Fossil tracks of Prorotodactylus show that around 250 million years ago dinosaur precursors called dinosauromorphs roamed what are now the Holy Cross Mountains in Poland. Credit: Grzegorz Niedwiedzki Uppsala University

The Prorotodactylus tracks date to about 250 million years ago, just one or two million years after the volcanic eruptions that brought the Permian to a close. Early on it was clear from the narrow distance between the left and right tracks that they belonged to a specialized group of reptiles called archosaurs that emerged after the Permian extinction with a newly evolved upright posture that helped them run faster, cover longer distances and track down prey with greater ease. The fact that the tracks came from an early archosaur meant that they could potentially bear on questions about the origins of dinosaurs. Almost as soon as the archosaurs originated, they branched into two major lineages, which would grapple with each other in an evolutionary arms race over the remainder of the Triassic: the pseudosuchians, which led to today’s crocodiles, and the avemetatarsalians, which developed into dinosaurs. Which branch did Prorotodactylus belong to?

To find out, I conducted a study with Niedwiedzki and Richard J. Butler, now at the University of Birmingham in England. Our analysis of the prints, published in 2011, revealed peculiarities of the footprints that link them to signature features of the dinosaur foot: the digitigrade arrangement of the bones, in which only the toes make contact with the ground while walking, and the very narrow foot with three main toes. Prorotodactylus is therefore a dinosauromorph: not a dinosaur per se but a primitive member of the avemetatarsalian subgroup that includes dinosaurs and their very closest cousins. Members of this group had long tails, big leg muscles, and hips with extra bones connecting the legs to the trunk, which allowed them to move even faster and more efficiently than other archosaurs.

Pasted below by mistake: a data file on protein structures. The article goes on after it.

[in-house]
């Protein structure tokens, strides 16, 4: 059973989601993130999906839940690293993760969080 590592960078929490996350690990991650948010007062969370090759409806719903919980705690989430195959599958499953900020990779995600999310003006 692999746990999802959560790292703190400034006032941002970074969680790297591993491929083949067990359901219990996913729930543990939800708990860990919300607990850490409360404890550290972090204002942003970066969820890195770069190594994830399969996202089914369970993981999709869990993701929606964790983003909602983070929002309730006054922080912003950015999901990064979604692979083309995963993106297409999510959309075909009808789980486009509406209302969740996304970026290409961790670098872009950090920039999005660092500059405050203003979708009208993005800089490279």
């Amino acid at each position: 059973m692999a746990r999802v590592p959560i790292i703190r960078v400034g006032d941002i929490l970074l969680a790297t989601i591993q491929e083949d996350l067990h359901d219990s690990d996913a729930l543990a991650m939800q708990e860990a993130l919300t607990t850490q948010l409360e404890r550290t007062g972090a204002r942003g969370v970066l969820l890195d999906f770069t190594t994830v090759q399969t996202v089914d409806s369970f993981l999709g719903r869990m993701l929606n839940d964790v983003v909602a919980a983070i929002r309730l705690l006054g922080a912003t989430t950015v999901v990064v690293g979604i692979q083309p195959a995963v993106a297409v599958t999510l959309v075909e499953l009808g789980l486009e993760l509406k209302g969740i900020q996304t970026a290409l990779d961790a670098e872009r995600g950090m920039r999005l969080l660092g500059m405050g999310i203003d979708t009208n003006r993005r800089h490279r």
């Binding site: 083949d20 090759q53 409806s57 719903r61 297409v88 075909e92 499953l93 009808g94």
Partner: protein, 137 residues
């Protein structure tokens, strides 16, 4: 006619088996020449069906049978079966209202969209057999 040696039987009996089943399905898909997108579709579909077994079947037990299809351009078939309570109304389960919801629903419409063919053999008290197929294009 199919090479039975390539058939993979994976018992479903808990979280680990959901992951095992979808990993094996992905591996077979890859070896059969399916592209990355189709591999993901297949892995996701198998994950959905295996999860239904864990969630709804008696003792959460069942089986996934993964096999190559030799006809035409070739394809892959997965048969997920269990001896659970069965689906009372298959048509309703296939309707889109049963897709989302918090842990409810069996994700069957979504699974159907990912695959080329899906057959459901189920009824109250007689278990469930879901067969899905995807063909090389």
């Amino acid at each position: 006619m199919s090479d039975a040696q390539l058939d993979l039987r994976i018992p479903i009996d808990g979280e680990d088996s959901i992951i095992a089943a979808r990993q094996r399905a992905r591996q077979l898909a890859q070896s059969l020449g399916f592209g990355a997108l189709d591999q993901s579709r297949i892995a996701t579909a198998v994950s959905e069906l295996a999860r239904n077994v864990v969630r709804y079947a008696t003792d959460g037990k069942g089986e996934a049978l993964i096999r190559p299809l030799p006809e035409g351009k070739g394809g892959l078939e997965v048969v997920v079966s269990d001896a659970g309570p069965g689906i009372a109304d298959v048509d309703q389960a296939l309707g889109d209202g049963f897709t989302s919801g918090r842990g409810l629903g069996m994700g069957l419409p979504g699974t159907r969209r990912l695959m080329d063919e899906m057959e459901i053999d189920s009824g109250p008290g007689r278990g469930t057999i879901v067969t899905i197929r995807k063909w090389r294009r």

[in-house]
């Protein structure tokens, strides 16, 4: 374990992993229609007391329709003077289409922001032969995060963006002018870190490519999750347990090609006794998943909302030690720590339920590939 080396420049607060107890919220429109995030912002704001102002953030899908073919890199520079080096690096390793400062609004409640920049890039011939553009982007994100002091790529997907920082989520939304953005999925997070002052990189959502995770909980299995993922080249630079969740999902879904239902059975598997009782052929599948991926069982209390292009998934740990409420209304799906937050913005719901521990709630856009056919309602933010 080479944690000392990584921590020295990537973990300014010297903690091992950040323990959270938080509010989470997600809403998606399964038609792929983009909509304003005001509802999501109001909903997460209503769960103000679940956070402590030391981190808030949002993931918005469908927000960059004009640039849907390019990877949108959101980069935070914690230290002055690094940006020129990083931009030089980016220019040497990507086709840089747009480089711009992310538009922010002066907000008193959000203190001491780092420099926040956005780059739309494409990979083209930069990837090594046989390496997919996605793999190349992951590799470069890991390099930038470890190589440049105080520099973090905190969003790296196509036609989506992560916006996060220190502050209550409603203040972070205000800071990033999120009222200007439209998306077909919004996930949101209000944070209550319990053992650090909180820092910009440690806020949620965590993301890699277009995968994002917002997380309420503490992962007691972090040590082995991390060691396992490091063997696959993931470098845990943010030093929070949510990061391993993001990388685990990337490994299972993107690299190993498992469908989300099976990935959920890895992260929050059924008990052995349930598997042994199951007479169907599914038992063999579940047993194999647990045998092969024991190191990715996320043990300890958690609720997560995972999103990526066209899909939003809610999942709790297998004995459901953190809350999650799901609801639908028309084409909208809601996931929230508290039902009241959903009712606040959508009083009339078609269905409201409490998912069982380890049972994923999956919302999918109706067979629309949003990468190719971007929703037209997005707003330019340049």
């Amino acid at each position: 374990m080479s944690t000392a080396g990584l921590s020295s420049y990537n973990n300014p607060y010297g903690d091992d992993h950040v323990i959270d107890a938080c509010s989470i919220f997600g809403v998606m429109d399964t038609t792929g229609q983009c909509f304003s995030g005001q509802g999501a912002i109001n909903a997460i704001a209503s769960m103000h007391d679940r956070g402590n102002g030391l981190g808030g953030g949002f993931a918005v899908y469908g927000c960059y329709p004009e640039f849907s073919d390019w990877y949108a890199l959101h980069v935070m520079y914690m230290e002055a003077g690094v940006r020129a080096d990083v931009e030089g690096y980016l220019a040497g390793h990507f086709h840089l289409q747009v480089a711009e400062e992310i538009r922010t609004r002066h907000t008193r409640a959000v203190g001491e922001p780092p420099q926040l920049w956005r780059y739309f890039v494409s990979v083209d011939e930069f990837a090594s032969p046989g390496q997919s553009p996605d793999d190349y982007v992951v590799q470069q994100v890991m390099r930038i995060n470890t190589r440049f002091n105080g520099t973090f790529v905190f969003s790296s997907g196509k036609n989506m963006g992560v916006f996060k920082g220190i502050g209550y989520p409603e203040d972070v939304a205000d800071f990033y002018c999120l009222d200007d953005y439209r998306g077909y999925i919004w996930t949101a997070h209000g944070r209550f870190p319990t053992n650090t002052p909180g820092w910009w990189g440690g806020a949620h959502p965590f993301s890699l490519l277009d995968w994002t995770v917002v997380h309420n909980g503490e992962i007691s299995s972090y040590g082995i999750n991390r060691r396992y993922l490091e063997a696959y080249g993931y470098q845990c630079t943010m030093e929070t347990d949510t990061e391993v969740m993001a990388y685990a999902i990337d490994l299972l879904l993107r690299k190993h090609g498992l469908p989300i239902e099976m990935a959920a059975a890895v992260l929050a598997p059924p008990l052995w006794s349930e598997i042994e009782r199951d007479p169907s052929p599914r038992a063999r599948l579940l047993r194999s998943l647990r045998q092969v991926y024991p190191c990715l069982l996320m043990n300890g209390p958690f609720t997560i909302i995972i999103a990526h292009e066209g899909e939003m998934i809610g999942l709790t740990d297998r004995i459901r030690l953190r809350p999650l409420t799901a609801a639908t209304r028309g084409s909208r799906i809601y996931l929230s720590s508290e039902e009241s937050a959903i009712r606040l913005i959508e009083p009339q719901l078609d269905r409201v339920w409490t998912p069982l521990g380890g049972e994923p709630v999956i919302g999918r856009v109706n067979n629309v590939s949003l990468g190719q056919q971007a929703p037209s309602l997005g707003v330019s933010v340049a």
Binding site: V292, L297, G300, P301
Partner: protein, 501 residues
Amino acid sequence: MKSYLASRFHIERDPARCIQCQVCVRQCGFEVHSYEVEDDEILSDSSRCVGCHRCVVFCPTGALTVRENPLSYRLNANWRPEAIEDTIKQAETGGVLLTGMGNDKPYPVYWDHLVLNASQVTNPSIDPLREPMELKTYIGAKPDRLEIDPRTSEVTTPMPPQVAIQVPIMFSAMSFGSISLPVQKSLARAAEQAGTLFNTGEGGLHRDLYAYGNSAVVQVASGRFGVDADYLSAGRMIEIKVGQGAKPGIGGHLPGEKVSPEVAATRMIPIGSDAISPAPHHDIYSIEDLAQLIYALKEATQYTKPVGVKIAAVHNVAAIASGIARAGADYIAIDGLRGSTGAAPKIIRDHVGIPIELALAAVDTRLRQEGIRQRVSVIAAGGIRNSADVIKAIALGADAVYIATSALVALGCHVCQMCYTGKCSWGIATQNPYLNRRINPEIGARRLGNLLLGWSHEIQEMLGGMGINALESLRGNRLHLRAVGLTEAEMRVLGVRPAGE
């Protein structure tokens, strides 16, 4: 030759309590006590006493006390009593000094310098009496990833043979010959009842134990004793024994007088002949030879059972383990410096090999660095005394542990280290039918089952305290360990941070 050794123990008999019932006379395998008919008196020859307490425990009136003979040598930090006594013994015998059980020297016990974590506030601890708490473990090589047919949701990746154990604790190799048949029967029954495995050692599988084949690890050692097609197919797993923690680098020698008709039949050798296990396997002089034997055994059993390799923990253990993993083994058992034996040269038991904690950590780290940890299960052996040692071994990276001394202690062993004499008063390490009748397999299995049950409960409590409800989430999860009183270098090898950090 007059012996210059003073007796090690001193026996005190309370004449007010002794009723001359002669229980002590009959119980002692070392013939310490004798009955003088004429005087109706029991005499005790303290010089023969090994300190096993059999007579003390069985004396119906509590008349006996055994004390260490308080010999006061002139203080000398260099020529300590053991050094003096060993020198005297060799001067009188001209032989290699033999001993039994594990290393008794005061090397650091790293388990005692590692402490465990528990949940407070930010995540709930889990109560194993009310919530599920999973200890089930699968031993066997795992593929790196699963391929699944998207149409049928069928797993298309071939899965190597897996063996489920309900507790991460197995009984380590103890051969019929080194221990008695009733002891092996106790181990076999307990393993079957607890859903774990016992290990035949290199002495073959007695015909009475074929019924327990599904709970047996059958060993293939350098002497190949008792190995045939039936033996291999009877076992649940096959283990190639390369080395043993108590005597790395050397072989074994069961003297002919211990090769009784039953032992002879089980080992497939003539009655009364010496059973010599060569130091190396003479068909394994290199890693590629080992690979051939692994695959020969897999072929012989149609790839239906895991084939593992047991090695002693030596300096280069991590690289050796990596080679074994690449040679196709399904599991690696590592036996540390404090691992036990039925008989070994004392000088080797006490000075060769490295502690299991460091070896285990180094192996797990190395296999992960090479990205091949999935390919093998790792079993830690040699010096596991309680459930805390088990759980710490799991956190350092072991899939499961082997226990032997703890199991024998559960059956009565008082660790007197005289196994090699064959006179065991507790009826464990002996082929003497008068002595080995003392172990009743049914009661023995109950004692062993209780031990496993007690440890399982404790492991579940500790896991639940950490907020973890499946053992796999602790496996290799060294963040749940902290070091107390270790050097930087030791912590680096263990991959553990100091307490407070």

These earliest dinosauromorphs were hardly fearsome, however. Fossils indicate that they were only about the size of a house cat, with long, skinny legs. And there were not very many of them either: less than 5 percent of all Stryczowice tracks belong to Prorotodactylus, which is far outnumbered by tracks of small reptiles, amphibians and even other archosaurs. The dinosauromorphs’ time had not come. Yet.

The First Dinosaurs

Over the next 10 million to 15 million years the dinosauromorphs continued to diversify. The fossil record from this time period shows an increasing number of track types in Poland and then around the world. The tracks get larger and develop a greater variety of shapes. Some trackways stop showing impressions of the hand, a sign the makers were walking only on their hind legs. Skeletons start to turn up as well. Then, at some point between 240 million and 230 million years ago, one of these primitive dinosauromorph lineages evolved into true dinosaurs. It was a radical change in name only—the transition involved just a few subtle anatomical innovations: a long scar on the upper arm that anchored bigger muscles, some tablike flanges on the neck vertebrae that supported stronger ligaments, and an open, windowlike joint where the thighbone meets the pelvis that stabilized upright posture. Still, modest though these changes were, they marked the start of something big.

The oldest unequivocal dinosaur fossils, which date to around 230 million years ago, come from the otherworldly landscapes of Ischigualasto Provincial Park in Argentina. Scientists have collected there for decades, beginning with legendary American paleontologist Alfred Romer in the 1950s and continuing with Argentine researchers Osvaldo Reig and José Bonaparte in the 1960s. More recently, Paul Sereno of the University of Chicago and Ricardo N. Martínez of the National University of San Juan in Argentina led expeditions to Ischigualasto in the 1980s and 1990s. Among the fossils they found there were those belonging to Herrerasaurus, Eoraptor and other creatures representing all three of the main branches of the dinosaur family: the meat-eating theropods; the long-necked, plant-eating sauropodomorphs and the beaked, plant-eating ornithischians.